Could tax repeal ‘devastate’ public schools?

The proposal to eliminate $141 million in personal property taxes on business equipment and supplies would have a “devastating” effect on public schools.

That’s the opinion of Michael Ferguson, who spent 25 years advising Republican and Democratic governors as the state’s chief economist.

Ferguson, director of the nonprofit, nonpartisan Idaho Center for Fiscal Policy, wrote a lengthy article Wednesday on the “three-pronged hit” facing public schools:

• The bill would offset $90 million of the $141 million cost of repeal — but that takes $90 million from the general fund. Since nearly half of the general fund goes to K-12, this could mean upwards of a $45 million hit for K-12.

• When $41.2 million of tax burden is shifted from personal property to real property, there is “a high probability” that voters would be less inclined to support property tax levies or bond issues.

• The bill would not provide any replacement revenue for school levies passed after 2012, leaving schools on their own to deal with the reduced tax base.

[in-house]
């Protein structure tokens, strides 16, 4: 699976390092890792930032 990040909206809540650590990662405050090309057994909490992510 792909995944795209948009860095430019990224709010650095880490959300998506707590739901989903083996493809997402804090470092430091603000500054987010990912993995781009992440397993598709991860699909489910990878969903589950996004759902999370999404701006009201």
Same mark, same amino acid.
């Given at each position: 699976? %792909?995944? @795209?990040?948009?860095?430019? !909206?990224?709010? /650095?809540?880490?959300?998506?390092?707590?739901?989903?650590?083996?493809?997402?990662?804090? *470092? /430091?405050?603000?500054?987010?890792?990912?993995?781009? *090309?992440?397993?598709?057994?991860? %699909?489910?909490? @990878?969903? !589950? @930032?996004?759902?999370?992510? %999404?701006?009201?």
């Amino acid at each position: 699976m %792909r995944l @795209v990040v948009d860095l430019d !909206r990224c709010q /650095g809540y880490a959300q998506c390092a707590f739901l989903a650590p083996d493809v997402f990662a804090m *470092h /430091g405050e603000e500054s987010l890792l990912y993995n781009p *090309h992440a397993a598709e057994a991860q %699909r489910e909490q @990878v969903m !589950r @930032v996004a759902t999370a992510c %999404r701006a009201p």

Writes Ferguson: “(This proposal) is notable for the adverse impact it will have on Idaho’s ability to provide funds for public education. It does protect non-school local government from much of the revenue losses associated with full exemption of personal property taxes, but it does so with a significant amount of revenue diverted from the general fund, and without any apparent analysis of the impact that diversion of funds will have on state programs.”

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Here’s a link to Ferguson’s full analysis.

And here are links to our in-depth look at the issue, and the Idaho School Boards Association’s opposition to the proposal.

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